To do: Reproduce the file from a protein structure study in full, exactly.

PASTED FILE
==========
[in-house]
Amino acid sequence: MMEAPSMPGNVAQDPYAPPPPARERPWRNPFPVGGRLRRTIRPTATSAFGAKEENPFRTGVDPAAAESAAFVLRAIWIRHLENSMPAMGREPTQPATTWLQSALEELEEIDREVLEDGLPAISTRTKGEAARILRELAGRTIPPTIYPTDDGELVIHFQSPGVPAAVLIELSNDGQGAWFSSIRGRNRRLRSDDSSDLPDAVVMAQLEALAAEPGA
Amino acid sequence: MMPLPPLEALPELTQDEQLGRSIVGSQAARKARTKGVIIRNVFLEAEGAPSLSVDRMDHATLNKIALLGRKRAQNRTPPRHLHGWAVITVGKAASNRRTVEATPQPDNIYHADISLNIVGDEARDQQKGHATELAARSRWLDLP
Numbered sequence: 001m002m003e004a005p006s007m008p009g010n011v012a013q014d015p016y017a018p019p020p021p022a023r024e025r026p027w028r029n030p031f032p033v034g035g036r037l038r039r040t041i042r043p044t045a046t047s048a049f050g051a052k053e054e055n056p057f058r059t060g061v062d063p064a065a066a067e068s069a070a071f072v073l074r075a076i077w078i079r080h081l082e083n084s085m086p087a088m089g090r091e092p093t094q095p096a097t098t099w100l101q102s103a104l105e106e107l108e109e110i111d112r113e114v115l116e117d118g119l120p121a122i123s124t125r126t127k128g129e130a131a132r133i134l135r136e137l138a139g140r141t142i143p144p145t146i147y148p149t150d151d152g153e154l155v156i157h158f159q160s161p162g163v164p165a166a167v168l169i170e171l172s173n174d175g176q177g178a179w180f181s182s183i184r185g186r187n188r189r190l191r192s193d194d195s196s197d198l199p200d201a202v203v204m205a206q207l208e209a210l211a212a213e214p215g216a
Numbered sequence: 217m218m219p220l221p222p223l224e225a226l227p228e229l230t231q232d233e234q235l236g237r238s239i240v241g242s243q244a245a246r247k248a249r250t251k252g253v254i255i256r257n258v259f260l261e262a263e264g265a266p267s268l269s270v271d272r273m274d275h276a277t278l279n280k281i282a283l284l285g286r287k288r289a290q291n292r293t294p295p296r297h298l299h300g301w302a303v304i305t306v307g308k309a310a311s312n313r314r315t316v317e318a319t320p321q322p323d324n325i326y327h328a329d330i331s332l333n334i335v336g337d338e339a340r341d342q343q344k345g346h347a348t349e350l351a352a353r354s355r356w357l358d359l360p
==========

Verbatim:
[in-house]
Amino acid sequence: MMEAPSMPGNVAQDPYAPPPPARERPWRNPFPVGGRLRRTIRPTATSAFGAKEENPFRTGVDPAAAESAAFVLRAIWIRHLENSMPAMGREPTQPATTWLQSALEELEEIDREVLEDGLPAISTRTKGEAARILRELAGRTIPPTIYPTDDGELVIHFQSPGVPAAVLIELSNDGQGAWFSSIRGRNRRLRSDDSSDLPDAVVMAQLEALAAEPGA
Amino acid sequence: MMPLPPLEALPELTQDEQLGRSIVGSQAARKARTKGVIIRNVFLEAEGAPSLSVDRMDHATLNKIALLGRKRAQNRTPPRHLHGWAVITVGKAASNRRTVEATPQPDNIYHADISLNIVGDEARDQQKGHATELAARSRWLDLP
Numbered sequence: 001m002m003e004a005p006s007m008p009g010n011v012a013q014d015p016y017a018p019p020p021p022a023r024e025r026p027w028r029n030p031f032p033v034g035g036r037l038r039r040t041i042r043p044t045a046t047s048a049f050g051a052k053e054e055n056p057f058r059t060g061v062d063p064a065a066a067e068s069a070a071f072v073l074r075a076i077w078i079r080h081l082e083n084s085m086p087a088m089g090r091e092p093t094q095p096a097t098t099w100l101q102s103a104l105e106e107l108e109e110i111d112r113e114v115l116e117d118g119l120p121a122i123s124t125r126t127k128g129e130a131a132r133i134l135r136e137l138a139g140r141t142i143p144p145t146i147y148p149t150d151d152g153e154l155v156i157h158f159q160s161p162g163v164p165a166a167v168l169i170e171l172s173n174d175g176q177g178a179w180f181s182s183i184r185g186r187n188r189r190l191r192s193d194d195s196s197d198l199p200d201a202v203v204m205a206q207l208e209a210l211a212a213e214p215g216a
Numbered sequence: 217m218m219p220l221p222p223l224e225a226l227p228e229l230t231q232d233e234q235l236g237r238s239i240v241g242s243q244a245a246r247k248a249r250t251k252g253v254i255i256r257n258v259f260l261e262a263e264g265a266p267s268l269s270v271d272r273m274d275h276a277t278l279n280k281i282a283l284l285g286r287k288r289a290q291n292r293t294p295p296r297h298l299h300g301w302a303v304i305t306v307g308k309a310a311s312n313r314r315t316v317e318a319t320p321q322p323d324n325i326y327h328a329d330i331s332l333n334i335v336g337d338e339a340r341d342q343q344k345g346h347a348t349e350l351a352a353r354s355r356w357l358d359l360p